65 Independence begins to occur as teens become young adults, go off to colleges or the world of work Independence begins to occur as teens become young adults, go off to colleges or the world of work

66 Adulthood

67 To measure the mental and physical changes that take place over a lifetime, researchers typically use either a cross-sectional or longitudinal study. To measure the mental and physical changes that take place over a lifetime, researchers typically use either a cross-sectional or longitudinal study.

68 Cross-sectional – a study in which people of different ages are compared with another Cross-sectional – a study in which people of different ages are compared with another Longitudinal Study – research in which the same people are restudied and retested over a long period of time Longitudinal Study – research in which the same people are restudied and retested over a long period of time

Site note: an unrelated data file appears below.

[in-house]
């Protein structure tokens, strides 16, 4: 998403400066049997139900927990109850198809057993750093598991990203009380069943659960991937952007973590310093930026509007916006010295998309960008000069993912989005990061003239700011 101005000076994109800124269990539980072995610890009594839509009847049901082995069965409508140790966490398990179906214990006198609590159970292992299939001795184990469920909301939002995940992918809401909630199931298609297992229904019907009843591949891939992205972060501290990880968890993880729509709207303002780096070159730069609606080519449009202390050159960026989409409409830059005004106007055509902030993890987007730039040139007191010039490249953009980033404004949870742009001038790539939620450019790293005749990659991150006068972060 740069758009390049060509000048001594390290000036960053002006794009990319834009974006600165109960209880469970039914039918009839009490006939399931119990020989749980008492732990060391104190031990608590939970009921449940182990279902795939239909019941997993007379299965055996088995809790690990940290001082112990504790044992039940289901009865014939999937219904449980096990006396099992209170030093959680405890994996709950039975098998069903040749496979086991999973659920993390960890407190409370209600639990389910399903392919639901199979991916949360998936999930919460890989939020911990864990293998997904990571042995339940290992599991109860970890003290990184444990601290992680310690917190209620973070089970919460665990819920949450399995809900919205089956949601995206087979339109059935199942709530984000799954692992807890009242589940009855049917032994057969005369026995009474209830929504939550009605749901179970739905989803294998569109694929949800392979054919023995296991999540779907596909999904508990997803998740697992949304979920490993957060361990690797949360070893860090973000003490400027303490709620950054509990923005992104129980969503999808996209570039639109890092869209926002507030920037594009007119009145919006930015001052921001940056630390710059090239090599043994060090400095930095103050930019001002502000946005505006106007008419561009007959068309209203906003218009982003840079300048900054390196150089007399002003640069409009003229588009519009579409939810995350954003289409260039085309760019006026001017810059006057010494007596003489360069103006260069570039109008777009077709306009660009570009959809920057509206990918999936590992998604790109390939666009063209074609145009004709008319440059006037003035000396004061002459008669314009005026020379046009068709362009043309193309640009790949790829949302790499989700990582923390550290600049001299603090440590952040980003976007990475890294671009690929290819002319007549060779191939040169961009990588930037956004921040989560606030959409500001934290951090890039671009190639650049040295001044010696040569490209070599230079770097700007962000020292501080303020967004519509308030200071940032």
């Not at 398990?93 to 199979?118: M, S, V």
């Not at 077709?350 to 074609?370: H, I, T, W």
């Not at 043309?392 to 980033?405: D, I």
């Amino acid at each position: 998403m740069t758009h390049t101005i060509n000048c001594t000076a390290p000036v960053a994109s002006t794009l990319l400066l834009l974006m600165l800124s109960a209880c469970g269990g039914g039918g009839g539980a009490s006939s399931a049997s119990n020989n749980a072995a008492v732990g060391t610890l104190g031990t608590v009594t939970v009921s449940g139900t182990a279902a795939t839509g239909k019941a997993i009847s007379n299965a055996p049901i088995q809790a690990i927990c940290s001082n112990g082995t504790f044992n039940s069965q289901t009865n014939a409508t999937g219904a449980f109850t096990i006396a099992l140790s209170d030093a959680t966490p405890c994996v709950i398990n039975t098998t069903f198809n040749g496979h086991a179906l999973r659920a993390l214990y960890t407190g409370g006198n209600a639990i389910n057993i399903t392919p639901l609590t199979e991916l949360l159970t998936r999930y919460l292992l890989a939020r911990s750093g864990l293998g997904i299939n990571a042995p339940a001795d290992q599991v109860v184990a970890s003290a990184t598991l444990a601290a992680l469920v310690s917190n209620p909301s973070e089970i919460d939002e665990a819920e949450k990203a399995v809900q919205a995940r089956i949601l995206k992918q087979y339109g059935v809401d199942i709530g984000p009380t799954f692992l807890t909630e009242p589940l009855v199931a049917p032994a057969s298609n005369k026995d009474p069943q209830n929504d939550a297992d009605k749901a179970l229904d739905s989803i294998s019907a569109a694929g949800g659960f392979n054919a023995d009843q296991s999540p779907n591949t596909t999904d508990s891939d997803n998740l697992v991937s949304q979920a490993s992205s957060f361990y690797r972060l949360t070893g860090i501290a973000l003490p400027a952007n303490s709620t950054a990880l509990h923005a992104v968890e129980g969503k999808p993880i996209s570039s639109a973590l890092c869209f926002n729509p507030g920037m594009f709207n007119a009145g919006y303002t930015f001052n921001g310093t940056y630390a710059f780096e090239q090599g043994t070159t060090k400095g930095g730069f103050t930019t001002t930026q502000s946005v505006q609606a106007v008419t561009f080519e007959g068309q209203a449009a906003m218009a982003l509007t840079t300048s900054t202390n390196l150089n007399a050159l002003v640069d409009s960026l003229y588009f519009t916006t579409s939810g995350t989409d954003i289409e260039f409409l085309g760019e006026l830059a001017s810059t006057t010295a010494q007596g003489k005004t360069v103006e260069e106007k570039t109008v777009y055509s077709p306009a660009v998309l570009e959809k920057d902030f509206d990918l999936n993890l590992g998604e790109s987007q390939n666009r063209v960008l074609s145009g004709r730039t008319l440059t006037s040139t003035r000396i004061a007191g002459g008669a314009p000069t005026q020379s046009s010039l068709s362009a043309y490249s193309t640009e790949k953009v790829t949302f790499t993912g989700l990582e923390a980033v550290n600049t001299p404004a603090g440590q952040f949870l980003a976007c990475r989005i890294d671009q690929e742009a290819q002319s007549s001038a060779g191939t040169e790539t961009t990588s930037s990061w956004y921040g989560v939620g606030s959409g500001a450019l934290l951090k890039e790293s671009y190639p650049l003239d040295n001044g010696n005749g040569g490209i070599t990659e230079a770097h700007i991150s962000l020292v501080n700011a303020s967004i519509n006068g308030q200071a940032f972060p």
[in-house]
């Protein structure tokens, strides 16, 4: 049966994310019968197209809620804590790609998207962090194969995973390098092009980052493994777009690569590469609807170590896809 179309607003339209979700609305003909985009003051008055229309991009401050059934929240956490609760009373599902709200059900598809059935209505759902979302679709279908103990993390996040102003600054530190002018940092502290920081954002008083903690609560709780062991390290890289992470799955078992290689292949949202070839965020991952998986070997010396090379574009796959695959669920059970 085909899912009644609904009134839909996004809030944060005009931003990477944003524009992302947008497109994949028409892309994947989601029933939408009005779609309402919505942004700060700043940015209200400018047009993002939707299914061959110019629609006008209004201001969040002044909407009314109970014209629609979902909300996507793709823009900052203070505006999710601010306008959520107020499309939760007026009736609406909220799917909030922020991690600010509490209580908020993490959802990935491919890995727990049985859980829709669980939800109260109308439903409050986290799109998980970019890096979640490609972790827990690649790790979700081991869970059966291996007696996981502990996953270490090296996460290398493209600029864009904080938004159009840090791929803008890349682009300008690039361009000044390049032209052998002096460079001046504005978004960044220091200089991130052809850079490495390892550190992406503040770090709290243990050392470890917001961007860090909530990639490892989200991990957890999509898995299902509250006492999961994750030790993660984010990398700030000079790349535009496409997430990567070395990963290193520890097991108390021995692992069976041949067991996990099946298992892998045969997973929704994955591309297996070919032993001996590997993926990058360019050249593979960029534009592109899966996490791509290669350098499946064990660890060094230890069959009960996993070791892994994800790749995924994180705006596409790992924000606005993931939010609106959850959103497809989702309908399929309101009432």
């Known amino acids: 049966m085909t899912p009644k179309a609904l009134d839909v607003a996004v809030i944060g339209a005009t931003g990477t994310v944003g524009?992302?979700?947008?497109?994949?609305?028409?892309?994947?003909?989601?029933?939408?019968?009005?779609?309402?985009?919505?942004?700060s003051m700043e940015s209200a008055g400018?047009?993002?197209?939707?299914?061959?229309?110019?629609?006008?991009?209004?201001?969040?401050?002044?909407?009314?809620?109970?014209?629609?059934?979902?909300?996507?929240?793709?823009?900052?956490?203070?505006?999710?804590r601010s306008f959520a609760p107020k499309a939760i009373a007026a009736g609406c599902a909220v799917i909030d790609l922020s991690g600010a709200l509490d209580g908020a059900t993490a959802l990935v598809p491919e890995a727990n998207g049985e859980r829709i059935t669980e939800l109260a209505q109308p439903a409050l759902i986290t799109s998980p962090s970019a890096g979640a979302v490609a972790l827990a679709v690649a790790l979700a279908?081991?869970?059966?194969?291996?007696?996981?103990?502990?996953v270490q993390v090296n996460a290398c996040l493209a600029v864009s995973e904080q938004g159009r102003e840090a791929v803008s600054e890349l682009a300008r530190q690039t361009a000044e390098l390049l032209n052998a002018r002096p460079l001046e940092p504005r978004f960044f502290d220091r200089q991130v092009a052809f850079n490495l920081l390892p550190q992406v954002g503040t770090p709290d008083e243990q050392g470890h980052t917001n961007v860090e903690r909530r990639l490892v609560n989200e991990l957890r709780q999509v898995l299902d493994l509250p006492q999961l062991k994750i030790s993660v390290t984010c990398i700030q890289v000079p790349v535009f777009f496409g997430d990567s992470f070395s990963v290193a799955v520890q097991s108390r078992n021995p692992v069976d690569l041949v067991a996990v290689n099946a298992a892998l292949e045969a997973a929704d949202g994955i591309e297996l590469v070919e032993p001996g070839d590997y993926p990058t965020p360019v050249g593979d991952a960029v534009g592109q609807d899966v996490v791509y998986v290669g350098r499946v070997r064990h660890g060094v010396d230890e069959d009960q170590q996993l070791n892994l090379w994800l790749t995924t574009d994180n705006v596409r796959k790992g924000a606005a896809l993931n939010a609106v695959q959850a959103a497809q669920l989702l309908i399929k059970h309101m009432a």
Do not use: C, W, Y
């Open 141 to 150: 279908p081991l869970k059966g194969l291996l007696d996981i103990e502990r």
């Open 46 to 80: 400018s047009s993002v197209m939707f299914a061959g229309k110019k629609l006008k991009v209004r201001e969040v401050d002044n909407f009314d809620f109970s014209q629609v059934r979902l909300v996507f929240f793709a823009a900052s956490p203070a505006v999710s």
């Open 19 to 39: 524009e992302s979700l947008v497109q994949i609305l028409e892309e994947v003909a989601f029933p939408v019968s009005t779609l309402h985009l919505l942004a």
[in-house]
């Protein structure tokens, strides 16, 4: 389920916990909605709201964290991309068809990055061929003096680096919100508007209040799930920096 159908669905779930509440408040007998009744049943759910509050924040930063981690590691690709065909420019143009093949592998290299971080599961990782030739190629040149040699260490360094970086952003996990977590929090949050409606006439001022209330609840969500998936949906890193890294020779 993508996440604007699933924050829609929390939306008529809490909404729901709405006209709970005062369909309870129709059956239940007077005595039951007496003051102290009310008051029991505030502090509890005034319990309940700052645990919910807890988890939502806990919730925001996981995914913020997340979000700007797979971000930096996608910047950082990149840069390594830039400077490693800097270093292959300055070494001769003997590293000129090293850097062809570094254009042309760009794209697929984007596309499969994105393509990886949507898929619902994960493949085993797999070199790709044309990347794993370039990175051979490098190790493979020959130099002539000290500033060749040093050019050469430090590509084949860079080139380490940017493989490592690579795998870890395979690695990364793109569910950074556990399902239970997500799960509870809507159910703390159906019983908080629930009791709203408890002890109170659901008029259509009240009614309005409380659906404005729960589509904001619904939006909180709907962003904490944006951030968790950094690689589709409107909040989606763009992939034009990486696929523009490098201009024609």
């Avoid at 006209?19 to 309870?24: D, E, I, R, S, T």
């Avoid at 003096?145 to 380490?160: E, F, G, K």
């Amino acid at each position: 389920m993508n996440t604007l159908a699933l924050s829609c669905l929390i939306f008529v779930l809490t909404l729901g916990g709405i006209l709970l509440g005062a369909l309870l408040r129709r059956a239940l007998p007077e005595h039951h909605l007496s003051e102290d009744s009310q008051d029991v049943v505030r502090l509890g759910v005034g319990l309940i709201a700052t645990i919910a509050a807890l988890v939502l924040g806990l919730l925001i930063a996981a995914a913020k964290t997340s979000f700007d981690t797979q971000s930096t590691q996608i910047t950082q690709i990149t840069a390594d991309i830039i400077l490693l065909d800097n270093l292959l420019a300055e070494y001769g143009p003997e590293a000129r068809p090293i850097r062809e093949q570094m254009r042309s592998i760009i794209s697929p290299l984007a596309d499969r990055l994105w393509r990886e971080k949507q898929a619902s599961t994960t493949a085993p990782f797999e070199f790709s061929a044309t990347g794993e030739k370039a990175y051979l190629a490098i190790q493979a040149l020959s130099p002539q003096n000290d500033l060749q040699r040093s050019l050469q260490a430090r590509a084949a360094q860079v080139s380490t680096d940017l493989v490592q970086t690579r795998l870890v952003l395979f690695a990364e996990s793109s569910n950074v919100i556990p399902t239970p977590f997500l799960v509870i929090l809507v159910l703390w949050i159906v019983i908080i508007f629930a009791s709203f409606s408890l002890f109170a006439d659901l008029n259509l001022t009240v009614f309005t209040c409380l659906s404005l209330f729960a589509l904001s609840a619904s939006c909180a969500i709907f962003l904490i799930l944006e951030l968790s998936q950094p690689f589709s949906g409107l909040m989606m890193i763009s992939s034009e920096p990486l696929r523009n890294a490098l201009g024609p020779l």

69 Living Longer Living Longer Living Longer Living Longer Slowing The Aging Process Slowing The Aging Process Slowing The Aging Process Slowing The Aging Process Human Hibernation? Human Hibernation? Human Hibernation? Human Hibernation? Can We Live Forever? Can We Live Forever? Can We Live Forever? Can We Live Forever? Facing Death Facing Death Facing Death Facing Death

70 Muscular strength, reaction time, sensory keenness, cardiac output all peak by the mid-twenties Muscular strength, reaction time, sensory keenness, cardiac output all peak by the mid-twenties

71 Women and Menopause Women and Menopause The end of menstruation The end of menstruation Only about 10% of all women have severe physical symptoms Only about 10% of all women have severe physical symptoms